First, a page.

Senator Ted Cruz’s dad has a plan to reduce black unemployment: repeal the minimum wage. Yes. Really. (More)

I wish I were making this up, but Rafael Cruz – the firebrand father of Sen. Ted Cruz (R-TX) – wants to educate black Americans about Democrats:

I said, as a matter of fact, ‘Did you know that Civil Rights legislation was passed by Republicans? It was passed by a Republican Senate under the threat of a filibuster by the Democrats.’ ‘Oh, I didn’t know that.’ And then I said, ‘Did you know that every member of the Ku Klux Klan were Democrats from the South?’ ‘Oh I didn’t know that.’ You know, they need to be educated.

He claimed to be relating a conversation he’d had with someone. Perhaps one of the voices in his head. Also, Democrats controlled the Senate by 66-34 in 1964, and the segregationist Dixiecrats soon switched to the Republican Party. But anyway:

Jason Riley said in an interview, Did you know before we had minimum wage laws black unemployment and white unemployment were the same? If we increase the minimum wage, black unemployment will skyrocket. See, he understands it, but the average black does not.

Well, the minimum wage was enacted in 1938, and a Labor Department report that year did estimate that 30,000-50,000 people, mostly southern blacks, lost their jobs soon after the minimum wage was enacted.

This, it seems, is the Republican plan to reach out to people of color. They claim black unemployment is higher than the national average because the minimum wage displaces “the least-skilled, least-experienced subset of the workforce.” Never mind that they assume young blacks are “the least-skilled, least-experienced subset of the workforce.” Their point is, young blacks could be working if only employers didn’t have to pay a minimum wage.

I couldn’t find data on unemployment by race for 1938, so I can’t say whether blacks and whites had the same unemployment rate before the minimum wage was enacted. But the Higher Minimum Wage Equals Higher Black Unemployment hypothesis can be tested with recent data.

For example, the Department of Labor has a handy-dandy map of state minimum wage laws, and a table of state-by-state historical data. In 2012, the DOL released a state-by-state map of black unemployment in 2011. (The DOL have data on black unemployment for 2012 and 2013, but only in tabular form.)

A first quick glance at the 2011 data kinda-sorta seems to fit the Republicans’ point. Each of the five states with the highest black unemployment rates – Nevada (22.1%), Oregon (21.3%), New Mexico (20.8%), Michigan (20.1%), and California (19.6%) – also had higher-than-the-federal-standard minimum wages ($7.25-$8.25 for Nevada, $8.50, $7.50, $7.40, $8.00, and $8.25 for the others, respectively).

At the other end of the scale, of the four of the five states with the lowest black unemployment rates in 2011 – Utah (2.5%), New Hampshire (8.7%), Maryland (10.3%), Massachusetts (11.0%), and Delaware (11.6%) – only Massachusetts had a higher-than-the-federal-standard minimum wage, at $8.00.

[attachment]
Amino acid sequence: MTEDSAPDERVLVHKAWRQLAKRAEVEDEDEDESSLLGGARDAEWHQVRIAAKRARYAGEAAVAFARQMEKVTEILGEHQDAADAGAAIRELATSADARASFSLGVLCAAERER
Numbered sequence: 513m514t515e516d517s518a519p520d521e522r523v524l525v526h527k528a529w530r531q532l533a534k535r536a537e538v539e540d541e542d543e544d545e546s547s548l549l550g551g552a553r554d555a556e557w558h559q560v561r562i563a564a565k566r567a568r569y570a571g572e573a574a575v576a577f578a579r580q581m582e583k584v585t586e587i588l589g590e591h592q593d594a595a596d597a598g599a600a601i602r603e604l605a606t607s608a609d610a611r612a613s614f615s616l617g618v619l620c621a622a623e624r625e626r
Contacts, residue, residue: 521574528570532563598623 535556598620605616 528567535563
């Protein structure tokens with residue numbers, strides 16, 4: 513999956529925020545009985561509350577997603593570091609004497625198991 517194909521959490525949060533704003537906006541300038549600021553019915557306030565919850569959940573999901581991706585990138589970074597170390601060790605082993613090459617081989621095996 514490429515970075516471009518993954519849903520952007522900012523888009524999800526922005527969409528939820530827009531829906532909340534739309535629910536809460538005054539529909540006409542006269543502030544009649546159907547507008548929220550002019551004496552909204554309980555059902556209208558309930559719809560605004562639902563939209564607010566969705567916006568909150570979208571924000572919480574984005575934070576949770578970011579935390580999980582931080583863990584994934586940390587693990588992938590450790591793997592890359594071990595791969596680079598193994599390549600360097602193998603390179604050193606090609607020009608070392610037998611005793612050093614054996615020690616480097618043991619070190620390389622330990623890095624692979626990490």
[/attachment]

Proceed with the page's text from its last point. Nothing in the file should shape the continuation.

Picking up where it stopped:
But that was just one year. If you look at data for 2013, the correlation weakens. The five worst states for black unemployment in 2013 were California (18.0%), Michigan (17.7%), Arkansas (16.4%), the District of Columbia (16.3%), and Minnesota (16.0%). Of those, both Arkansas and Minnesota had lower-than-the-federal-standard minimum wages. And of the five best states for 2013 – Connecticut (11.6%), Texas (11.2%), Maryland (10.7%), Virginia (9.6%), and Delaware (9.3%) – Connecticut had one of the nation’s highest minimum wages ($8.25).

Washington isn’t in that 2013 list, but you can find its data in the Department of Labor tables cited above. Despite its highest-in-the-nation minimum wage ($9.19), the Evergreen State had a black unemployment rate of 14.2% – right below Tennessee and North Carolina (both 15.1%), Mississippi (14.5%), and Pennsylvania (14.3%) – each of which had only the federal-standard minimum wage ($7.25).

In short, there’s not much support for the Higher Minimum Wage Equals Higher Black Unemployment hypothesis. To get there, Republicans have to cherry pick data from particular years to make it fit the story they want to tell …

… and their story, simply told, is that the federal minimum wage – already below the poverty line – is more than black workers are worth.

“Vote for us,” Republicans tell black Americans in this story, “and we’ll end the minimum wage so you can work for even-farther-below-poverty-level wages. Oh, and we won’t let you have health insurance either, because freedom.”

That’s how Rafael Cruz tells Republicans to reach out to black voters. He thinks black voters “need to be educated” about why they deserve to live in poverty. I’m sure that message gets applause from Republicans. I’m equally sure they wonder why it doesn’t work with black voters….

Good day and good nuts.